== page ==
Tennis: Success doesn't happen overnight

Tennis: Success doesn't happen overnight

Success isn't built overnight. Texas Tech Women's Tennis Head Coach Todd Petty knows from experience.
 
Since taking over in 2009, Petty has built Texas Tech Women's Tennis into an elite program.
 
He has taken the Lady Raiders to three Big 12 regular season titles, the program's first ever Big 12 tournament title, seven straight NCAA tournament trips, four straight Sweet 16 appearances and back-to-back Elite Eight appearances.
 
Petty produced the program's first-ever ITA All-American in Gabriela Talaba, who garnered the honor during her junior and senior seasons.
 
Petty became the winningest head coach in school history after he surpassed Mickey Bowes' 156 wins. He boasts a 70 percent win average and has finished in the Top three of the Big 12 in six of the last eight seasons.
 
His squads have been ranked in the ITA rankings in 126 straight weeks dating back to the 2011 season. They have also been in the Top 25 for 65 straight weeks dating back to Feb. 17, 2015, and ranked in the Top 10 in 28 total weeks. Texas Tech saw its highest ranking at No. 5 in the country on March 1, 2016.
 
The 2018 senior class was the winningest and most decorated senior class in school history. The foursome of Gabriela TalabaSarah DvorakSabrina Federici and Katelyn Jackson took Texas Tech to four Sweet 16s and back-to-back Elite 8s while collecting a 96-24 record.
 
"I think there are a lot of favorite memories. Each class of seniors leave a lasting memory in my mind, they can be big things or small," Petty said. "The memories of making the first NCAA tournament with our first recruiting class, to that class winning back-to-back Big 12 titles, the next class making the first Sweet 16 to the next class winning the first conference tournament and making back-to-back elite 8's are equal to me.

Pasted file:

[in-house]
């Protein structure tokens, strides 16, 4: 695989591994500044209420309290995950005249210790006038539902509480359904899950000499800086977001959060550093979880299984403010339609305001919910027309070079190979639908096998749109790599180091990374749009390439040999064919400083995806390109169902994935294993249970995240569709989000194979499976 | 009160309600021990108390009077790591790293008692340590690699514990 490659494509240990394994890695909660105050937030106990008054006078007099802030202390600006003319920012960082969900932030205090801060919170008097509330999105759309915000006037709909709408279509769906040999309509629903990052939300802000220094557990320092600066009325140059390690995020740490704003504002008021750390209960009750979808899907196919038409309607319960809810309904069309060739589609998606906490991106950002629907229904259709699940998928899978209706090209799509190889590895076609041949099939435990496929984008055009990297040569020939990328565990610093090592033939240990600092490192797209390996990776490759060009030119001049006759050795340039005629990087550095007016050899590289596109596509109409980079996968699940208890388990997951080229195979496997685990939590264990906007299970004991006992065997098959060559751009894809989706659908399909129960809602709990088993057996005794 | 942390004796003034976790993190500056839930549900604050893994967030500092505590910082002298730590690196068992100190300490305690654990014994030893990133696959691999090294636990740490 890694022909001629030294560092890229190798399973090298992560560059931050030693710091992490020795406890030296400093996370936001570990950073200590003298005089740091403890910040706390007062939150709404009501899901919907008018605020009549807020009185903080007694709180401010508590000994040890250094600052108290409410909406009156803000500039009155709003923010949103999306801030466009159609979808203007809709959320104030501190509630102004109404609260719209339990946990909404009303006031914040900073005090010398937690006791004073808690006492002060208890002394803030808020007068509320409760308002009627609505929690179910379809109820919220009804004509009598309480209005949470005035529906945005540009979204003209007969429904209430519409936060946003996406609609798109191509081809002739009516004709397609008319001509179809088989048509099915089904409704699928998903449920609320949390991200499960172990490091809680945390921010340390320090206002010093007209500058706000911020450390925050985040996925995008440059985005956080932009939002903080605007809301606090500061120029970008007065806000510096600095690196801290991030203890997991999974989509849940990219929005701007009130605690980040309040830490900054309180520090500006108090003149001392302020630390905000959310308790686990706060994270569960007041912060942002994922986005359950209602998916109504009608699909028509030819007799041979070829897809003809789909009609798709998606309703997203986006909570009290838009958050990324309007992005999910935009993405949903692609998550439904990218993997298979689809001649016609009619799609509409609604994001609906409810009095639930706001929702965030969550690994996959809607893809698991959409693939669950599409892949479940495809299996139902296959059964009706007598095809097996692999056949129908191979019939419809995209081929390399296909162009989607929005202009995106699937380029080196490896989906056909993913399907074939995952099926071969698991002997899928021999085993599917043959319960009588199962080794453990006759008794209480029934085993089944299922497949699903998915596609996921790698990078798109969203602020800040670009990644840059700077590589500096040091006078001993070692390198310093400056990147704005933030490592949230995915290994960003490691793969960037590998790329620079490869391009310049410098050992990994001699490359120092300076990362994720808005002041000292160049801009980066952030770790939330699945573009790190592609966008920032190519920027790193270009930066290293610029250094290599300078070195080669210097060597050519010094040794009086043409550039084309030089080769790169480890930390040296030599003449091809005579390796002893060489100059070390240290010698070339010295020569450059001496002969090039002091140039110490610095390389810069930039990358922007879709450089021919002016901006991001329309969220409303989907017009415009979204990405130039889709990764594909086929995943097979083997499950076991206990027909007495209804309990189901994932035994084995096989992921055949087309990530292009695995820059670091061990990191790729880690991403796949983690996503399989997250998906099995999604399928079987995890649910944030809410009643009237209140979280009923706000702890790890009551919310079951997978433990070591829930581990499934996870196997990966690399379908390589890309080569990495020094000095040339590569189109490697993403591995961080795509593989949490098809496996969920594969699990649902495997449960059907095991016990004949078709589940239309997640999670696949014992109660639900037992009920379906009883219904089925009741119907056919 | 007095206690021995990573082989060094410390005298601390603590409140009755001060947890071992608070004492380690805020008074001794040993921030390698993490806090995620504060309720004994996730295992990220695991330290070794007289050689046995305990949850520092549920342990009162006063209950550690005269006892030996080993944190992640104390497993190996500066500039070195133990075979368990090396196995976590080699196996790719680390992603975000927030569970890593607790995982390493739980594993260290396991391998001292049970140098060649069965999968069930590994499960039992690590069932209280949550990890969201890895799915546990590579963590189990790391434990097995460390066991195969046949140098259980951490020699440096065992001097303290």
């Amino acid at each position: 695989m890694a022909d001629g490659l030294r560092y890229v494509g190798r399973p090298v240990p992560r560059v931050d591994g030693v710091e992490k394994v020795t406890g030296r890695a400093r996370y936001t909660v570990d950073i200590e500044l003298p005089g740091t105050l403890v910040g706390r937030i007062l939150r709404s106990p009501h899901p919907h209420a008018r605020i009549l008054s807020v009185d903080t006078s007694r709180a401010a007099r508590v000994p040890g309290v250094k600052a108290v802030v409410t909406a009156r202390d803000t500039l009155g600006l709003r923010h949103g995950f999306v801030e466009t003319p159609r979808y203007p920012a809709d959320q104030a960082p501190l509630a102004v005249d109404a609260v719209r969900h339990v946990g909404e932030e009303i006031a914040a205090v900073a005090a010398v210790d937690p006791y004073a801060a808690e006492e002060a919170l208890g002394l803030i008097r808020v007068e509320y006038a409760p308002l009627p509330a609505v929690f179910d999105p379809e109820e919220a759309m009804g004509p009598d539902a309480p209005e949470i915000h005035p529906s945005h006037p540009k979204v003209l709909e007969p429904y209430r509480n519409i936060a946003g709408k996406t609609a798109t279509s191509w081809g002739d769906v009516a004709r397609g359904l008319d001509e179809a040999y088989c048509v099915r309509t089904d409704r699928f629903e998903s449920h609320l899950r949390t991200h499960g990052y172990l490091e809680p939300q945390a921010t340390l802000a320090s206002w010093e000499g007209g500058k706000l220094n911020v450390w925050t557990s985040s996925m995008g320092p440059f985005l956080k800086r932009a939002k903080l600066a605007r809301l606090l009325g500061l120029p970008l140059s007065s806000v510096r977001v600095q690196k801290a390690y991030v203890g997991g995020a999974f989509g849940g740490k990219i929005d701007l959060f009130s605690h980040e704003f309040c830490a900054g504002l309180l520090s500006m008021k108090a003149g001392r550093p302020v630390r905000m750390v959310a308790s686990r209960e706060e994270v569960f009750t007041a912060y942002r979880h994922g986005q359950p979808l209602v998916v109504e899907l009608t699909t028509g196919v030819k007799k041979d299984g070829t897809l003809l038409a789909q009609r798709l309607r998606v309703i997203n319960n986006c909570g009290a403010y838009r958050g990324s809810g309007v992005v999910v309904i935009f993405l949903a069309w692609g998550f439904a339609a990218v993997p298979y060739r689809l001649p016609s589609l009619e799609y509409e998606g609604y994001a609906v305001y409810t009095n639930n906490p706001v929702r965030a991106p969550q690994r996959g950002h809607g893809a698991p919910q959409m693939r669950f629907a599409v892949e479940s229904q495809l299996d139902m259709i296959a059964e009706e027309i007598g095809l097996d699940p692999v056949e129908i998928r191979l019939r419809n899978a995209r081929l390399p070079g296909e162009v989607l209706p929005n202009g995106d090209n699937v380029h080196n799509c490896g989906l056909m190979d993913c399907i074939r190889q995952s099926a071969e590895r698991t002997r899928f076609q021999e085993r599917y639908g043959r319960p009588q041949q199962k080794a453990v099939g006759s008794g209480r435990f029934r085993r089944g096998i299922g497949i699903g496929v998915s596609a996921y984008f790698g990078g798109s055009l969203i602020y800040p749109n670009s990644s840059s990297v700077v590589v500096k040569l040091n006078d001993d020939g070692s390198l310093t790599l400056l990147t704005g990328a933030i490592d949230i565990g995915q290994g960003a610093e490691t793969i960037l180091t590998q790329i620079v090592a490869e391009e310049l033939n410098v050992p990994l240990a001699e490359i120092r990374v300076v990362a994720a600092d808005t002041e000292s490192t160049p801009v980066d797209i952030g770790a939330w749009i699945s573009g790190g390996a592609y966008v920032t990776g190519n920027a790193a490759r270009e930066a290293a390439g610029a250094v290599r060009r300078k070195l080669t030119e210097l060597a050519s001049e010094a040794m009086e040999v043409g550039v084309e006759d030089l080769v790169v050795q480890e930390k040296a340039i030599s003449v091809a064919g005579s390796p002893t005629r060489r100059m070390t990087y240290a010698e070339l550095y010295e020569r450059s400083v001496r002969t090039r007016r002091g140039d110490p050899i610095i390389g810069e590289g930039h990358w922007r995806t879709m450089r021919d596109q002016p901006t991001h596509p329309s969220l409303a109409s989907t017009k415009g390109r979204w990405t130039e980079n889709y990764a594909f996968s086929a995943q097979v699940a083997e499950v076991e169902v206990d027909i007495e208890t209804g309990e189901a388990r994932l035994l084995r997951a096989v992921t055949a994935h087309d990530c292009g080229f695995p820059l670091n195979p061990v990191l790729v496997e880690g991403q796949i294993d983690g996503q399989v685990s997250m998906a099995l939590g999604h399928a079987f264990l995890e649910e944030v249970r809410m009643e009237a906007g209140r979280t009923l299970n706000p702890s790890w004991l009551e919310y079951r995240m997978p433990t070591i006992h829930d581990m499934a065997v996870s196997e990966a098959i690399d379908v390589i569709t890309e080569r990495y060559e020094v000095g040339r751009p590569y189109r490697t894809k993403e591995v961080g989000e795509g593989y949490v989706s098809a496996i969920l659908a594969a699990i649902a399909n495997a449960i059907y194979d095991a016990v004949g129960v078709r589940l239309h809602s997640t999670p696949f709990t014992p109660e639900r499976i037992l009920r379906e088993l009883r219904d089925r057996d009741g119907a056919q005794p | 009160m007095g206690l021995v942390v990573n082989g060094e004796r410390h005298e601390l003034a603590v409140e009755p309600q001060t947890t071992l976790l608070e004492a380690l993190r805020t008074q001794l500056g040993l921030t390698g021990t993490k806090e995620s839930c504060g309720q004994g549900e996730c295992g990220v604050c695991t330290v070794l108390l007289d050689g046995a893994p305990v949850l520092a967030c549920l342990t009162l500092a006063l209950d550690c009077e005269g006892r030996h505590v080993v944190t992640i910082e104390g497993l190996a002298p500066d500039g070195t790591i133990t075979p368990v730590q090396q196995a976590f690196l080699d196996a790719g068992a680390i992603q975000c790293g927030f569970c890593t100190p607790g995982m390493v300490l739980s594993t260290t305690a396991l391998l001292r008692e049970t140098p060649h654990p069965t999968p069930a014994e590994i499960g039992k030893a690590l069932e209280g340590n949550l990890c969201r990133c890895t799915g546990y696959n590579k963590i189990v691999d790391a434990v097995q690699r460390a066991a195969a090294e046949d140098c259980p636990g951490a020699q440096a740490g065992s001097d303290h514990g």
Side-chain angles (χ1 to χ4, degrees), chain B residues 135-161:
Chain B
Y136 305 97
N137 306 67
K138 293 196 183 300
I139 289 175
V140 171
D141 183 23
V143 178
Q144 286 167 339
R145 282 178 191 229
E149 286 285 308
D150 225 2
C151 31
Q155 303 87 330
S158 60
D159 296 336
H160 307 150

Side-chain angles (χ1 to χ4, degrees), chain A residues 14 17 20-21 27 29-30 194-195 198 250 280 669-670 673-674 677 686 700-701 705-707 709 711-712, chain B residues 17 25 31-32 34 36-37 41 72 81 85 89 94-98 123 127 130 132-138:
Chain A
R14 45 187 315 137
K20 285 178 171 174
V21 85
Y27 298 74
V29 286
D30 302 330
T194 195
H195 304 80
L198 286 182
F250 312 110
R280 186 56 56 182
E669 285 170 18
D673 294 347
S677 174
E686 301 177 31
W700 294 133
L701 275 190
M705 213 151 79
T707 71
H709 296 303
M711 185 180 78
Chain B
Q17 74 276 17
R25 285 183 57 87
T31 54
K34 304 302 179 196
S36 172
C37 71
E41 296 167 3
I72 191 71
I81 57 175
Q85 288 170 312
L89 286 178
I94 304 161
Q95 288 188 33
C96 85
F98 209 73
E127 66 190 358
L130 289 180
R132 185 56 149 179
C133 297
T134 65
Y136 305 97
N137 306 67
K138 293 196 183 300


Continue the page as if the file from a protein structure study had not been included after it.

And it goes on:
"The other memories are just as important to me; seeing one of my first players get married to now seeing players have their first child are as equally as important and special. Also, the experiences of seeing my players finishing law school or getting accepted to nursing or dental schools make me just as proud. What really defines us as coaches isn't truly the results we have on the court, but is determined many years later by how successful our players are in their communities and in life."
 
But how does he do it? How did he create an elite program from the ground up?
 
"Surround yourself with the right people first.  I have always been able to be honest with recruits and staff of what it takes to play here and what sacrifices are going to have to be made," Petty said. "I think making sure you find the athletes and coaches that are genuine about their goals and what they want out of this experience is key and making sure the align with my vision."
 
And he surrounded himself with the right assistant coaches. In his 10 seasons, all four of Petty's previous assistants were handpicked to lead their own programs; two of which are still in the Big 12.
 
Director of Athletics Kirby Hocutt signed Petty to a contract extension in the fall, keeping him in Lubbock until 2024.

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